individualtrunkmusclesinfluencehamstringmechanics?
HAMSTRINGINJURYMECHANISMS
Despitethefrequencyofhamstringstrainsduringsprint-
ing,itremainsuncertainwheninthegaitcyclethemuscle
isinjured.Ithasbeensuggestedthatinjuriesmayoccur
duringlateswing,whenthehipisflexedandthekneeis
extended.However,othershavespeculatedthatthe
potentiallylargeloadsassociatedwithgroundcontactmay
causeinjury.Animalmodelsclearlyshowthatmuscleinjury
isassociatedwithexcessivefiberstretchduringalength-
eningcontraction(8).Thus,wehaveusedamodelof
sprintingtoquantifythestretchofthebiarticularham-
stringsthroughoutthegaitcycle(14).Thisinformation,
coupledwithEMGmeasurements,wasusedtoassesswhen
thehamstringswereundergoinganactivelengthening
contractionandwhythebicepsfemorislongheadmaybe
moresusceptibletoinjury.
Agenericmodelofthepelvisandlowerextremitywas
firstcreated,whichincludedadescriptionofthemuscu-
lotendonpathsofthesemimembranosus,semitendinosus,
andbicepsfemorislongheadmuscles(Fig.2A).Themodel
incorporatedimportantdifferencesbetweentheindividual
hamstringmomentarmsatthehipandknee(14).Whole-
bodykinematicswerecollectedwhilesubjects(
N
=14)

sprintedonahigh-speedtreadmillatspeedsrangingfrom
80%to100%ofmaximum.Themodelwasscaledtoeach
subjectusingsubject-specificmeasuresofsegmentlengths.
Jointangleswerecomputedtofitthescaledmodeltothe
measuredmarkerkinematics.Thisprocessprovidedquanti-
tativeestimatesofmusculotendonstretchforeachofthe
hamstringmusclesthroughoutthegaitcycle(Fig.2B).
Wefoundthatpeakhamstringstretchoccursduringthe
lateswingphaseofsprintingbeforefootcontact(14).
Electromyographydataindicatethatthehamstringsare
activeatthissamephaseofthegaitcycle(13).Thus,the
hamstringsareundergoinganactivelengtheningcontrac-
tionduringlateswing,creatingthepotentialconditionsfor
astraininjurytooccur.Themagnitudeofpeakstretchwas
significantlygreaterforthebicepsfemorislonghead
(stretched9.5%beyondlengthinanuprightposture)than
thesemimembranosus(7.4%)andsemitendinosus(8.1%)
muscles.Differencesinthekneeflexionmomentarms
betweenthemedialandlateralhamstringsaccountedfor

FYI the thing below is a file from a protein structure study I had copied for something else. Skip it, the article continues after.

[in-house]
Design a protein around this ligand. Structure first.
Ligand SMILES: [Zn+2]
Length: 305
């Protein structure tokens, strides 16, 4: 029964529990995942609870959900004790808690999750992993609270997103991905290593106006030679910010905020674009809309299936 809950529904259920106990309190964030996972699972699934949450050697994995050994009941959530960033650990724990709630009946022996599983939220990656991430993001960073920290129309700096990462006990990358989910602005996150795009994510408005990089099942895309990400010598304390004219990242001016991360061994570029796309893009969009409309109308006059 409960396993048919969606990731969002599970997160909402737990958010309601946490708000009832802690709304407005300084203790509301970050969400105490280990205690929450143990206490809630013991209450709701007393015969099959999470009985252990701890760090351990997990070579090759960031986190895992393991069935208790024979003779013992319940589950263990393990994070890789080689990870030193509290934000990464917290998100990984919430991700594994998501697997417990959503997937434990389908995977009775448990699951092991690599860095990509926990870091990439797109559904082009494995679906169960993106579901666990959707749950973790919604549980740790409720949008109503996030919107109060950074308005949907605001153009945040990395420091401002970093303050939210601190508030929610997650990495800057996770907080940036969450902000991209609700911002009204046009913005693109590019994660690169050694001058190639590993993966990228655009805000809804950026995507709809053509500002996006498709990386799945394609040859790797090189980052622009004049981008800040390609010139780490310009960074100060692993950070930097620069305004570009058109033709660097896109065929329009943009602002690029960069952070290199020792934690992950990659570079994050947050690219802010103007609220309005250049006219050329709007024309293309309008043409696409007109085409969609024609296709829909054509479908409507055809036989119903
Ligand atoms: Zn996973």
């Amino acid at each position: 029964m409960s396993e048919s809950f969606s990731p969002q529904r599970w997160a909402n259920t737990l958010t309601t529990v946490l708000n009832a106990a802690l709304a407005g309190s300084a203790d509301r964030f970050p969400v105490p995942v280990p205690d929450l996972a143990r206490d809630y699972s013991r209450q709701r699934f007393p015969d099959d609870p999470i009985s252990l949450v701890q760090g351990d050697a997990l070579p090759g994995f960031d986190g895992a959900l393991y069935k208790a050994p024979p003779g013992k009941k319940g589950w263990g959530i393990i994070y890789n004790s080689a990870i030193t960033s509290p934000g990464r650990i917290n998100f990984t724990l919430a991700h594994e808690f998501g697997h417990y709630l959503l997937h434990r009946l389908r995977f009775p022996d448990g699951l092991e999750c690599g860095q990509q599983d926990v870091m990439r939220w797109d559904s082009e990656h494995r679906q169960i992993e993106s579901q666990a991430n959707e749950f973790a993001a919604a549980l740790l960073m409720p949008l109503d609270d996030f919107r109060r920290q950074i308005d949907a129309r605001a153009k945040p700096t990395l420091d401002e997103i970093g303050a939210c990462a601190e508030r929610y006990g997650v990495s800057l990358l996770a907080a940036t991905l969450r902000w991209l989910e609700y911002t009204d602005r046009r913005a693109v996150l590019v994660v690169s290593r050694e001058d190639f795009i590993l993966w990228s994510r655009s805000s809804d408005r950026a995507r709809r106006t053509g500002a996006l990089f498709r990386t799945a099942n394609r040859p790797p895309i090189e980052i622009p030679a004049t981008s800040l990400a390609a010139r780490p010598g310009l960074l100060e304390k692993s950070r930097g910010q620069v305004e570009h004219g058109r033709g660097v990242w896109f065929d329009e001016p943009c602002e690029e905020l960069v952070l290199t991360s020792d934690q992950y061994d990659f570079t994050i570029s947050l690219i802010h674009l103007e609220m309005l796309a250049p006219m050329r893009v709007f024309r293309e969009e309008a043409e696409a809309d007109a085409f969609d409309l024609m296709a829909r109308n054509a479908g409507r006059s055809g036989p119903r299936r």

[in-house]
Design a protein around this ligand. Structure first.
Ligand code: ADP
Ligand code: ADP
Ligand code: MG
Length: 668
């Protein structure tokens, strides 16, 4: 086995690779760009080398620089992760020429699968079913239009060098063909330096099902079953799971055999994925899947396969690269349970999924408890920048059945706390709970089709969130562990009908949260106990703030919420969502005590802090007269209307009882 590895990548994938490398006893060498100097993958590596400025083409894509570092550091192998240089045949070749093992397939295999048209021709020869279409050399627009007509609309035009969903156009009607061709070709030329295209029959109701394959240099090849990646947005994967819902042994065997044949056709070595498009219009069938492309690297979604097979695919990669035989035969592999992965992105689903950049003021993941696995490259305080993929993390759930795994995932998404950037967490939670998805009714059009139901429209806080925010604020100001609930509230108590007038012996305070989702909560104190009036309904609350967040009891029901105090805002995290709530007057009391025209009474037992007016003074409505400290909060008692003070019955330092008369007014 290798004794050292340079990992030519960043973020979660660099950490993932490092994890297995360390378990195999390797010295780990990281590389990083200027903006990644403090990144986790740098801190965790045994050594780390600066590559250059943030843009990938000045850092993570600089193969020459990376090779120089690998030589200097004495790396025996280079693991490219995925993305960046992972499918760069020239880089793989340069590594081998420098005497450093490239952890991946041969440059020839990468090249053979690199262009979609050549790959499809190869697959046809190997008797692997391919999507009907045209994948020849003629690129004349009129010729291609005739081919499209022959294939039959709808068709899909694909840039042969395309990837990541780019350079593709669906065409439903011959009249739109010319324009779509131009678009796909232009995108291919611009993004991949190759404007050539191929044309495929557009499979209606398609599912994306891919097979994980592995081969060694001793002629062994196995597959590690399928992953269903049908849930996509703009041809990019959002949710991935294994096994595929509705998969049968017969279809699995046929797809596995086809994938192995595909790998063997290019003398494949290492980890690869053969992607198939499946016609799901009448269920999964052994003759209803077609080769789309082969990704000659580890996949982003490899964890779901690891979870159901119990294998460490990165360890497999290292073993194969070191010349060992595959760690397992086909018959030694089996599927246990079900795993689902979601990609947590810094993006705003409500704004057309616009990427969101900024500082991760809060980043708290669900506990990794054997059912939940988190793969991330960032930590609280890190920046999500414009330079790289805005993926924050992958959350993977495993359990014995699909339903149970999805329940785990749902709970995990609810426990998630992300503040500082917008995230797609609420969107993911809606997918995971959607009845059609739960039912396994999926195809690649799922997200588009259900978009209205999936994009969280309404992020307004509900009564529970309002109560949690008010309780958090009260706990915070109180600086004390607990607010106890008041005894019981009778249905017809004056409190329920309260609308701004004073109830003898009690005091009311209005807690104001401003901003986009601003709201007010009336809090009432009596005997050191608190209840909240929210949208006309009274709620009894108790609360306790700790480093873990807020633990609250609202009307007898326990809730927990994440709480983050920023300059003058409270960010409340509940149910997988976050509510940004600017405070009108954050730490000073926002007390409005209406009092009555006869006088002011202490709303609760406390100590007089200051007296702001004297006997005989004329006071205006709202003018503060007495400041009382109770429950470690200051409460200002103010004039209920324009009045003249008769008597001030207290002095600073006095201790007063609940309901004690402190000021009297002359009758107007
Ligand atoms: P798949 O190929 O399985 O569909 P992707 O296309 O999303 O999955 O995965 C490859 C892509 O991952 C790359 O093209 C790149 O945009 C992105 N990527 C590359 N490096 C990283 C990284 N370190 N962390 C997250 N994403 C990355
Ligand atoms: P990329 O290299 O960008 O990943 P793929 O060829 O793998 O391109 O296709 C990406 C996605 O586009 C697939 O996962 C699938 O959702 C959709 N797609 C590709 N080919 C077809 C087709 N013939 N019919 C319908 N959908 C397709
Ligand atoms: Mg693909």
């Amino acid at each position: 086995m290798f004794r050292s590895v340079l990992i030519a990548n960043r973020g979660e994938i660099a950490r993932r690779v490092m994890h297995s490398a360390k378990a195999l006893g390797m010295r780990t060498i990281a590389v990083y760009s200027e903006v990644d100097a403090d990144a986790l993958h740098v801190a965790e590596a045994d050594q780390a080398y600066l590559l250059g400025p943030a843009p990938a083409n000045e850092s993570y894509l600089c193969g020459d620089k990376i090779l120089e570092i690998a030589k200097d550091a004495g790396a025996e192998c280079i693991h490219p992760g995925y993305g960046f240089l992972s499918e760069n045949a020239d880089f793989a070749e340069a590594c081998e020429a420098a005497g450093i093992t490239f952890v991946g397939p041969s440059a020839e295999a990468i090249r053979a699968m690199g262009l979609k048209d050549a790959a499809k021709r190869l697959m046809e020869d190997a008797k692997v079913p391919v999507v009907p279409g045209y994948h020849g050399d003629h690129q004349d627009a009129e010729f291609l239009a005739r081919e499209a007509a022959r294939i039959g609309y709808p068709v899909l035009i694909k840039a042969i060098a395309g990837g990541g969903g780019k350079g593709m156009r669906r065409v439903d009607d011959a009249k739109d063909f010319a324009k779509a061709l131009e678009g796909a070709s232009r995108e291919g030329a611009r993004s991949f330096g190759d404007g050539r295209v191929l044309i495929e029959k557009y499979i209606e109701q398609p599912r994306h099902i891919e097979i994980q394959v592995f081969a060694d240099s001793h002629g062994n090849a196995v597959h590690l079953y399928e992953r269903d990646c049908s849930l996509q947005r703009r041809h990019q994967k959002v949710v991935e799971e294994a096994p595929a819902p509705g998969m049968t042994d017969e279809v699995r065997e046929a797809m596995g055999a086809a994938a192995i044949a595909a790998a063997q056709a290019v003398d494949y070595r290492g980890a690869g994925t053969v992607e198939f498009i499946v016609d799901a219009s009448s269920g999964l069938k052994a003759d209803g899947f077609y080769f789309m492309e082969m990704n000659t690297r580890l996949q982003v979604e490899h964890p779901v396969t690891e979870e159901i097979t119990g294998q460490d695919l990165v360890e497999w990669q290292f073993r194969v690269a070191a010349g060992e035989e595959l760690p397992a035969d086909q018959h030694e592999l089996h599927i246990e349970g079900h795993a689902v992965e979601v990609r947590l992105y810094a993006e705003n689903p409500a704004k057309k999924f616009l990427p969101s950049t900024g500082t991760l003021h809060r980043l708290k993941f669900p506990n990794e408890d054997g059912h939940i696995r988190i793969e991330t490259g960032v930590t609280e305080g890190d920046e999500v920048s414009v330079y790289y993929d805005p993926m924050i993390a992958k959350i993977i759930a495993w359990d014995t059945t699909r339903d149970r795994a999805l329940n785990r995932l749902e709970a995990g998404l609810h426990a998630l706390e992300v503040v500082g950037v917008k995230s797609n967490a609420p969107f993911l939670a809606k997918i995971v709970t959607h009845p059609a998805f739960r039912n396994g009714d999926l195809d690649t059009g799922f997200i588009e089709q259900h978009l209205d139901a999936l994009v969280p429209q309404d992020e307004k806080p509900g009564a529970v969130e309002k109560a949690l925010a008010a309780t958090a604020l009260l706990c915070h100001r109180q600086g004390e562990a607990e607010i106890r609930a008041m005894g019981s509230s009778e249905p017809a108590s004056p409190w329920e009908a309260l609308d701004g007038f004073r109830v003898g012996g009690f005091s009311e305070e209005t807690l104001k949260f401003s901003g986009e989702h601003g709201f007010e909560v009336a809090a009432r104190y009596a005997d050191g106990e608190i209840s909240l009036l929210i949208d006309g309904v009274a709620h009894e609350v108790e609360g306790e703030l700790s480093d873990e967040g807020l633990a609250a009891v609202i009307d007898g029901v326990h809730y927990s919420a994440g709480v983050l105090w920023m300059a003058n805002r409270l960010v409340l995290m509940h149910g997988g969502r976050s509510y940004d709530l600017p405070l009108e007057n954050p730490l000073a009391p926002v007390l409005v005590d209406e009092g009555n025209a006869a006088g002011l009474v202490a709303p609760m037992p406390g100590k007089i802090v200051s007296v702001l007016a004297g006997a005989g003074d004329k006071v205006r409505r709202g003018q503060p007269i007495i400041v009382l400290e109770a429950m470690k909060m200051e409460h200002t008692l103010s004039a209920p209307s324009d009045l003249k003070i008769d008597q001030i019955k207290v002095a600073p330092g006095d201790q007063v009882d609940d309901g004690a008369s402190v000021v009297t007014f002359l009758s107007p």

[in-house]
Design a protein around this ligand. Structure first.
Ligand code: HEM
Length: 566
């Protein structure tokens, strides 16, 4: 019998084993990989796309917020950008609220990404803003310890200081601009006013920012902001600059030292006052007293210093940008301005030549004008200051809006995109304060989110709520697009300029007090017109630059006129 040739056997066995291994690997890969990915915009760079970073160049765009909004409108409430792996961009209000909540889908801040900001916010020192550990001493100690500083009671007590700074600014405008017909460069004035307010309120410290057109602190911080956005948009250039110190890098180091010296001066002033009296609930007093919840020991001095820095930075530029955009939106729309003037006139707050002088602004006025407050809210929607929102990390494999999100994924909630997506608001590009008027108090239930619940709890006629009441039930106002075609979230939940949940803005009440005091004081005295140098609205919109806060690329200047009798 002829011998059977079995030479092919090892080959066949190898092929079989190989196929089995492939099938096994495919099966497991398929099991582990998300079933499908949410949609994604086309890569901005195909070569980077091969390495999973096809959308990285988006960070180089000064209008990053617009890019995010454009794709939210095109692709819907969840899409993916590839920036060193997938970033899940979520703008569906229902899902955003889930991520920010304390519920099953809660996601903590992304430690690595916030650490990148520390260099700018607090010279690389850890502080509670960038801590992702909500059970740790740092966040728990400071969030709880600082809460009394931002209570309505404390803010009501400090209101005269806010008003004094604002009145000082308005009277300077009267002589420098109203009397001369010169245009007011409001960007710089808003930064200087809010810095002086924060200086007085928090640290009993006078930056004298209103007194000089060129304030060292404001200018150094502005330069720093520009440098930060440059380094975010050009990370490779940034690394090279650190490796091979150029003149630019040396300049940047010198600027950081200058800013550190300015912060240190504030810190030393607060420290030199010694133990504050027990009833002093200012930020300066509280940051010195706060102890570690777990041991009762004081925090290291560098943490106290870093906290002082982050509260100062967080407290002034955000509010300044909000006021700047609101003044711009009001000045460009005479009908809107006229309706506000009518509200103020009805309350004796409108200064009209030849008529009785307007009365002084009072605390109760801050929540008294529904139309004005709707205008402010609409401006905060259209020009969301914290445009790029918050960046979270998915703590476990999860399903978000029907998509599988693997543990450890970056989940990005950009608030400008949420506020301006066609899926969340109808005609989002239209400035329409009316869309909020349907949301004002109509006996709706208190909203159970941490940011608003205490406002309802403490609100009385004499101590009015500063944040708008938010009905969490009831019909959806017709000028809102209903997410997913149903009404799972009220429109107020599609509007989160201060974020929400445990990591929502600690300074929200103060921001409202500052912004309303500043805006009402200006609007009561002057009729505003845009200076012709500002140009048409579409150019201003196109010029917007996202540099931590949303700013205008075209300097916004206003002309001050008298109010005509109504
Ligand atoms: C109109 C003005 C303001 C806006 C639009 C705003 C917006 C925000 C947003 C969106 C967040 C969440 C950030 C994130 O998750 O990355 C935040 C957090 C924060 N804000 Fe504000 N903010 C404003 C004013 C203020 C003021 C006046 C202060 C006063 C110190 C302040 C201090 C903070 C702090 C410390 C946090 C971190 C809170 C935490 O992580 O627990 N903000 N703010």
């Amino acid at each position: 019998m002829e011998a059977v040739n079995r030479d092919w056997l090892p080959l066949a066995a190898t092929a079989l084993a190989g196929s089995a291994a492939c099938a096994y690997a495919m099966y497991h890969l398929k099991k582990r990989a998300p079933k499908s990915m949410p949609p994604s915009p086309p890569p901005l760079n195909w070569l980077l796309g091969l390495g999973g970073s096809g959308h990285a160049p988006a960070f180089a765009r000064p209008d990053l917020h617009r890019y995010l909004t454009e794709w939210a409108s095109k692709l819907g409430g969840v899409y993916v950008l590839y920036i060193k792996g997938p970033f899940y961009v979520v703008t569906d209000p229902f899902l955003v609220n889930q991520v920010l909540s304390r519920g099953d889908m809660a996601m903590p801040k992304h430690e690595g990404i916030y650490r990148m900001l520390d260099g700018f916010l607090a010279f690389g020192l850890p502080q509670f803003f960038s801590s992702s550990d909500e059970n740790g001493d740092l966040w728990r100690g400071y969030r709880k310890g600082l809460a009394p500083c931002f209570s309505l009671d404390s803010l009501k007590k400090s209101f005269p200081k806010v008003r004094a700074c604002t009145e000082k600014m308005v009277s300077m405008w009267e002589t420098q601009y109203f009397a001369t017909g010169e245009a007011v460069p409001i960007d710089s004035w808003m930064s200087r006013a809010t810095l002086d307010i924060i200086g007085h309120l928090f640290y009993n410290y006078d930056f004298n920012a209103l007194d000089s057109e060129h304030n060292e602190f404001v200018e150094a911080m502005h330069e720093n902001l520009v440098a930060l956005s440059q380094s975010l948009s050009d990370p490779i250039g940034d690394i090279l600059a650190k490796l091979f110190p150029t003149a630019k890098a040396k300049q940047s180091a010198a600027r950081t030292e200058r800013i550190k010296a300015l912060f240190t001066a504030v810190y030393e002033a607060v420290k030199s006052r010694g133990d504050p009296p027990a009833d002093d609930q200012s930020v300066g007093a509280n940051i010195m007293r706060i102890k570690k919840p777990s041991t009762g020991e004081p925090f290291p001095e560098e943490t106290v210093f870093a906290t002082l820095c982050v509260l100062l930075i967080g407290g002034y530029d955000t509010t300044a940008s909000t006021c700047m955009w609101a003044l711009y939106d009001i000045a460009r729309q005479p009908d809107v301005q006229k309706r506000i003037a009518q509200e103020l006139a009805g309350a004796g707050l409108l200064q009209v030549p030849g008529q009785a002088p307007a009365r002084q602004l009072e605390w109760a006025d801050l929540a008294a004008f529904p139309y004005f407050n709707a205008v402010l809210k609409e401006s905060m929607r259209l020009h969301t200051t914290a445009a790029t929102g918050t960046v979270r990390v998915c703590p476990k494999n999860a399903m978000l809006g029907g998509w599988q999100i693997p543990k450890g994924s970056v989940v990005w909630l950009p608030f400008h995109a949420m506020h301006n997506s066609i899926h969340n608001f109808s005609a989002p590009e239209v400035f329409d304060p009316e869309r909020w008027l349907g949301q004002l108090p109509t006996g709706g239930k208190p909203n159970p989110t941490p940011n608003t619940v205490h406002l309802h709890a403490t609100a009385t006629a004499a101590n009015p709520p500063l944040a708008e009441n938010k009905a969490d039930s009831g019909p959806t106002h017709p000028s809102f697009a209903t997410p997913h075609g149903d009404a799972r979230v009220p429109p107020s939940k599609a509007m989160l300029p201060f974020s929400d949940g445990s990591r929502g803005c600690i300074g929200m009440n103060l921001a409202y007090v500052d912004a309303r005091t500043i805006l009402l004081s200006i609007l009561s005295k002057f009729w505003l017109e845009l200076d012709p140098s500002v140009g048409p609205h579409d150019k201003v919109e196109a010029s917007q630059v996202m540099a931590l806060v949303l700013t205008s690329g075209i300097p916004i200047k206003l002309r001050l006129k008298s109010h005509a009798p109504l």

theintermusclevariationsinpeakmusculotendonstretch.
Specifically,becausethekneeisslightlyflexedduringlate
swing,thesmallerkneeflexionmomentarmofthelateral
hamstrings(bicepsfemoris)resultsinthismuscleunder-
goinggreaterstretchrelativetoupright.Weconcludedthat
intermuscledifferencesinhamstringmusclegeometrymight
beacontributingfactortothegreaterpropensityforbiceps
femorisinjury.
Althoughprovidinginterestinginformation,itisdifficult
todirectlyassesswhenaninjuryoccursbasedonthe
kinematicanalysisofinjury-freerunningtrials.Through
unexpectedcircumstances,werecentlycompletedananal-
ysisofwhole-bodykinematicsobtainedatthetimeofan
acutehamstringstraininjury(5).Amaleathleteinjuredhis
rightbicepsfemoriswhilerunningat5.36m
I
s
j
1
onan

Figure2.
A.Subject-specificmodelswereobtainedbyscalingsegmentlengthsofagenericmusculoskeletalmodelbasedonanatomicalmarker
positionsrecordedofasubjectinastandingposture.Aninversekinematicsroutinewasthenusedtodeterminethesegmentjointanglesthatbestalign
thescaledmodelwiththemeasuredmarkerkinematicsofthesubjectsprintingonatreadmill.B.Shownaretheensemble-averaged(
N
=14subjects)
estimatesofmusculotendonstretch,normalizedtouprightmusculotendonlengths,foreachofthebiarticularhamstringsthroughoutthesprintinggait
cycle.Peakstretchisreachedduringlateswingphasewhenbothfeetwereofftheground.Thelateralhamstrings(bicepsfemoris)arestretched
significantlymorethanthemedialhamstringsbecauseofdifferencesinthekneeflexionmomentarmsbetweenmuscles(14).

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inclined(15%)treadmill.Weusedstatisticaltechniquesto
identifywhenindividualmarkertrajectoriesdeviatedfroma
periodicpattern,indicatingtheearliestmechanicalresponse
toinjury.Thisinformation,combinedwithestimatesof
neuromuscularlatenciesandelectromechanicaldelay,was
usedtoidentifya130-msportionofthelateswingphaseof
thegaitcyclewhentheinjurymostlikelyoccurred.
Maximumstretchofthebicepsfemorisandpeakhip
extensionandkneeflexionmomentsalsooccurredwithin
thesuspectedperiodofinjury.Weconcludedthatthe
bicepsfemoriswaslikelyinjuredasaresultofalength-
eningcontractionduringthelateswingphaseofthe
runninggaitcycle.

SPEEDEFFECTSONHAMSTRINGMECHANICS
Hamstringinjuriesarecommonlyassociatedwithhigh-